The tympanic membrane is a vital feature of the human ear, and is more commonly known as the eardrum. It is a thin, circular layer of tissue that marks the point between the middle ear and the external part of the ear. It is approximately 0.1mm thick, around a third of an inch in diameter, and has a mass of around 14mg. Despite this diminutive size and mass, the tympanic membrane is extremely tough and flexible, and difficult to damage beyond repair. The tympanic membrane is comprised of three layers of tissue: the outer cutaneous layer, the fibrous middle layer, and a layer of mucous membrane on the innermost surface. The membrane is held in place by a thick ring of cartilage. The tympanic membrane's function is to assist in human hearing. When sound waves enter the ear, they strike the tympanic membrane. The membrane vibrates with the force of the sound wave strike and transmits the vibrations further into bones of the inner ear. Patients with ruptured or missing tympanic membranes have extreme difficulty in hearing.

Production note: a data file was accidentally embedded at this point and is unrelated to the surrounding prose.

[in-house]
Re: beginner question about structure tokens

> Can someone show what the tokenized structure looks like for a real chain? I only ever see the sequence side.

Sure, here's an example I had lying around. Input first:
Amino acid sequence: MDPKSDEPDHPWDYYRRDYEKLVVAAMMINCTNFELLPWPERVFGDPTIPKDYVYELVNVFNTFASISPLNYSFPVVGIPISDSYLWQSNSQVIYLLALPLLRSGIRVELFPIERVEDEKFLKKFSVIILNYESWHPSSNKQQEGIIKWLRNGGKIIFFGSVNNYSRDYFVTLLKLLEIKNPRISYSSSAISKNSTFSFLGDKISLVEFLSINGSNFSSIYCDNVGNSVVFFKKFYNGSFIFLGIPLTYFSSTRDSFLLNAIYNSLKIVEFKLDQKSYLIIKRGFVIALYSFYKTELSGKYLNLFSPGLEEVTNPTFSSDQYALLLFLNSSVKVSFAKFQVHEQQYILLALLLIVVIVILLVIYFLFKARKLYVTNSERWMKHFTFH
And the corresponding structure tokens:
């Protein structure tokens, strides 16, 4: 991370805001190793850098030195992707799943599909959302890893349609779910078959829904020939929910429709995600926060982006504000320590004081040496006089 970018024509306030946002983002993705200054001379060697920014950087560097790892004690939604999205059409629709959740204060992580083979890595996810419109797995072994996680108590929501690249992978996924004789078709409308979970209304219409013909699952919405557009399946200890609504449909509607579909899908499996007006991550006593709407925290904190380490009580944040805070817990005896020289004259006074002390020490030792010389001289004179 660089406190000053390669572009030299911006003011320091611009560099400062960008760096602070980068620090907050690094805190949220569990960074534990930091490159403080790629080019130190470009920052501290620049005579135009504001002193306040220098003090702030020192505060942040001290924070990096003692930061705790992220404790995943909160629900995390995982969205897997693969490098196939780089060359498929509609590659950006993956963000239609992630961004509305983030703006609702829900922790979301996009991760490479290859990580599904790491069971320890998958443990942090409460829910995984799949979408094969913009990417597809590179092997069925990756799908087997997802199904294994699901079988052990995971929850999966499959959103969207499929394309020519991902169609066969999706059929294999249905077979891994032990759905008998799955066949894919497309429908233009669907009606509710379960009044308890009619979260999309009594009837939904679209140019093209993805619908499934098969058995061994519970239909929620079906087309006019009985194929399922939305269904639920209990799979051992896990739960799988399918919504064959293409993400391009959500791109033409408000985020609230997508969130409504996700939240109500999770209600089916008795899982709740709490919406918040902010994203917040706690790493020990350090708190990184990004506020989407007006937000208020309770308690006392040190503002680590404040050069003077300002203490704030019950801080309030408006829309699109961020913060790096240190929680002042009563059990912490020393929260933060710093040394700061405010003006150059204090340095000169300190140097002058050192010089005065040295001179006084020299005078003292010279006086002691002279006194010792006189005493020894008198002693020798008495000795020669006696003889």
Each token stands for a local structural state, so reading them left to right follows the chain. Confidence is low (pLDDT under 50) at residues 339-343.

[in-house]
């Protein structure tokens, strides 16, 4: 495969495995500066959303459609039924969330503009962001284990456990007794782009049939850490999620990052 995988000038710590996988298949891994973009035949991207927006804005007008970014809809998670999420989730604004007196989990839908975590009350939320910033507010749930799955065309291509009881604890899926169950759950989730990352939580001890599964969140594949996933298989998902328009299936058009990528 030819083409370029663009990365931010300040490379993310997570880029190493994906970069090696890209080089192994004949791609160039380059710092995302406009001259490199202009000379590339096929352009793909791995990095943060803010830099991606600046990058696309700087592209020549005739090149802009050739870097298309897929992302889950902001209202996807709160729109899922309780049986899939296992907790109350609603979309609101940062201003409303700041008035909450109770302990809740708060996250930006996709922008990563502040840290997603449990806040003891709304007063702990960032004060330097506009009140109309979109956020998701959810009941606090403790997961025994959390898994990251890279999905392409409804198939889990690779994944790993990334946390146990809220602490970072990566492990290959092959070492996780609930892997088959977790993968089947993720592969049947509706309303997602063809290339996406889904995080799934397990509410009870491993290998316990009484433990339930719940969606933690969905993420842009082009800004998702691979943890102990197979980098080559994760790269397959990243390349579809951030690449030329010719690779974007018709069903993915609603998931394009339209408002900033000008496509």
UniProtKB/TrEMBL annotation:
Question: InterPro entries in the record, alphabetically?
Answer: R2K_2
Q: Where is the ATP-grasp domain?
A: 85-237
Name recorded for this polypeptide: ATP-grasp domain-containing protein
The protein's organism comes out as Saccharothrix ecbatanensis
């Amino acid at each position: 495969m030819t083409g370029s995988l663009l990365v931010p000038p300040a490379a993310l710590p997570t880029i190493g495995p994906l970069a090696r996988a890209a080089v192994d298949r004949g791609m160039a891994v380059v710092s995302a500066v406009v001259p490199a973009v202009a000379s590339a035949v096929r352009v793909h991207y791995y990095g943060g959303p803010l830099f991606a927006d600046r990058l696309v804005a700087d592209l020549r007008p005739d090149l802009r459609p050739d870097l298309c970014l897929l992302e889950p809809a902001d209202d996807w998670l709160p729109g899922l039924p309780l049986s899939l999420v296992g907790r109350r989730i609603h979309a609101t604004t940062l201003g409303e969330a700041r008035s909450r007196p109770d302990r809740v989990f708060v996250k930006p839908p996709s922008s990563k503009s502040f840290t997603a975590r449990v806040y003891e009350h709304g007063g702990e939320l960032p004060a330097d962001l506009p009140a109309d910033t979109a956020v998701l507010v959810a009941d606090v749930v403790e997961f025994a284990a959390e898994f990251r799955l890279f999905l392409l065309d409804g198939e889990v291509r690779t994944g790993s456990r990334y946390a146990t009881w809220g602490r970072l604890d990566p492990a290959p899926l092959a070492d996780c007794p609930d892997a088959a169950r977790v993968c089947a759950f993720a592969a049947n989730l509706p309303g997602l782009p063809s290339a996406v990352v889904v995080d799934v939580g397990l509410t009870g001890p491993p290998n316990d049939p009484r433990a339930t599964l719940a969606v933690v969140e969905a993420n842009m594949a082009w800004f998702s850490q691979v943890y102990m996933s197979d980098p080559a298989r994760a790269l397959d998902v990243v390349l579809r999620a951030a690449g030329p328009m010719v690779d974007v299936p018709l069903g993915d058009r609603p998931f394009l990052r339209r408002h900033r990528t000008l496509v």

Written and medically reviewed by the Healthline Editorial Team
In Depth: Tympanic membrane